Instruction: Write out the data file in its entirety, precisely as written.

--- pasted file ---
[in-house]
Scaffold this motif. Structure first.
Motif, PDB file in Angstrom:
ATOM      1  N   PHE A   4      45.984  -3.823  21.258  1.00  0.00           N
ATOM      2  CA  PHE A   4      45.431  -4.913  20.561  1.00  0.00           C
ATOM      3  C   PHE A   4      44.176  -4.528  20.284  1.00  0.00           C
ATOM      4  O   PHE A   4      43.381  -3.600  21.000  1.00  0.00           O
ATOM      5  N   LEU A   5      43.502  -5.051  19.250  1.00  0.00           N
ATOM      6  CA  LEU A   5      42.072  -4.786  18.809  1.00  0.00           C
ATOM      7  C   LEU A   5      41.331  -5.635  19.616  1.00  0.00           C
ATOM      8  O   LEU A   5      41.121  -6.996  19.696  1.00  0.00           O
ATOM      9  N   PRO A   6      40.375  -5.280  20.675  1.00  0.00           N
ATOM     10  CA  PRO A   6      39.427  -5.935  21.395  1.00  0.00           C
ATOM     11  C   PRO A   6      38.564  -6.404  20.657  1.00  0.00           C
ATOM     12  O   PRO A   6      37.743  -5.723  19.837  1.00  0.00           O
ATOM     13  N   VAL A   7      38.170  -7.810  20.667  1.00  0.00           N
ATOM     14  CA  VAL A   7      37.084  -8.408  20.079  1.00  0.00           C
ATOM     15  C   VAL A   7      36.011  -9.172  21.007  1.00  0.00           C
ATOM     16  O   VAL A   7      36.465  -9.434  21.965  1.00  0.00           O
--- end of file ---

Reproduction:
[in-house]
Scaffold this motif. Structure first.
Motif, PDB file in Angstrom:
ATOM      1  N   PHE A   4      45.984  -3.823  21.258  1.00  0.00           N
ATOM      2  CA  PHE A   4      45.431  -4.913  20.561  1.00  0.00           C
ATOM      3  C   PHE A   4      44.176  -4.528  20.284  1.00  0.00           C
ATOM      4  O   PHE A   4      43.381  -3.600  21.000  1.00  0.00           O
ATOM      5  N   LEU A   5      43.502  -5.051  19.250  1.00  0.00           N
ATOM      6  CA  LEU A   5      42.072  -4.786  18.809  1.00  0.00           C
ATOM      7  C   LEU A   5      41.331  -5.635  19.616  1.00  0.00           C
ATOM      8  O   LEU A   5      41.121  -6.996  19.696  1.00  0.00           O
ATOM      9  N   PRO A   6      40.375  -5.280  20.675  1.00  0.00           N
ATOM     10  CA  PRO A   6      39.427  -5.935  21.395  1.00  0.00           C
ATOM     11  C   PRO A   6      38.564  -6.404  20.657  1.00  0.00           C
ATOM     12  O   PRO A   6      37.743  -5.723  19.837  1.00  0.00           O
ATOM     13  N   VAL A   7      38.170  -7.810  20.667  1.00  0.00           N
ATOM     14  CA  VAL A   7      37.084  -8.408  20.079  1.00  0.00           C
ATOM     15  C   VAL A   7      36.011  -9.172  21.007  1.00  0.00           C
ATOM     16  O   VAL A   7      36.465  -9.434  21.965  1.00  0.00           O